Structural Relationships of 7S and 11S Globulins
It is now well recognized that an understanding of protein structure is fundamental to a proper understanding of protein function, and from this perspective the above quotation from Osborne’s text “The Vegetable Proteins” remains a succinct description of our structural understanding of storage proteins even today. Indeed, it should be recalled that legume storage proteins were first isolated in the latter half of the last century, and that some of these proteins could be obtained in crystalline form. Of course that was prior to the discovery of X-rays and high-resolution structural determination of these proteins could not be contemplated. Now, a full century later, detailed structural information is available for only two globulins, namely the closely-related 7S proteins from P. vulgaris (phaseolin, Lawrence et al., 1990, 1994) and C. ensiformis (canavalin. Ko et al. 1993a, b). There remains no high-resolution detail for any member of the 11S family, despite preliminary crystallographic analysis of the respective 11S proteins of sesame (Hasegawa et al., 1978), pumpkin (Hara et al., 1976; Colman et al., 1980), tobacco (Drenth and Wiebenga, 1955), Brazil nut (Drenth and Wiebenga, 1955; Kamiya et al., 1983), hemp (Drenth and Wiebenga. 1955; Patel et al., 1994) and coconut (Carr et al., 1990). The crystals employed in these studies vary considerably in quality and none has yet led to any information at the atomic level. As a consequence, buoyed by the ever-increasing amount of primary sequence data, renewed effort has been made to investigate structural relationships between the 7S and US proteins (Argos et al., 1985; Wright, 1988; Gibbs et al. 1989; Lawrence et al., 1994; Bäumlein et al., 1995; Shutov et al., 1995).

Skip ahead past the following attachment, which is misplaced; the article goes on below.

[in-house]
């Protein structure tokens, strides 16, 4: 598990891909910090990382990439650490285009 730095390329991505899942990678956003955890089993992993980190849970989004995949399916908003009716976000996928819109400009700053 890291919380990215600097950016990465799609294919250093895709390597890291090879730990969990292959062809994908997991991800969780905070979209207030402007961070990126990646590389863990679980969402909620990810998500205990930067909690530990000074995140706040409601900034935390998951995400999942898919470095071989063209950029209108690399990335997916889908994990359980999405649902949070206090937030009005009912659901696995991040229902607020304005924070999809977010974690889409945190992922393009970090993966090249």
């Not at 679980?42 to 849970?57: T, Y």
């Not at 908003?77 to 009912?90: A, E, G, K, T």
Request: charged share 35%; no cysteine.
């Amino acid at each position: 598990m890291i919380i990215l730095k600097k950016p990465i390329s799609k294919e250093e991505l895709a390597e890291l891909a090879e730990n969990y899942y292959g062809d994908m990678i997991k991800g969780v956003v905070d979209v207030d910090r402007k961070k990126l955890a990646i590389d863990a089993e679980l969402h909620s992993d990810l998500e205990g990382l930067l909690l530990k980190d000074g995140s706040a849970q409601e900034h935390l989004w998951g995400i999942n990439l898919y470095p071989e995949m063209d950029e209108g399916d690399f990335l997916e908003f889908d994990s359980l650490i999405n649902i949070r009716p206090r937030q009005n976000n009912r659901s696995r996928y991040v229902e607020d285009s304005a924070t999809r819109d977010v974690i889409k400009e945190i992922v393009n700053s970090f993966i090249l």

KeywordsStorage Protein Versus Versus Versus Seed Storage Protein Plant Molecular Biology Nucleic Acid Research
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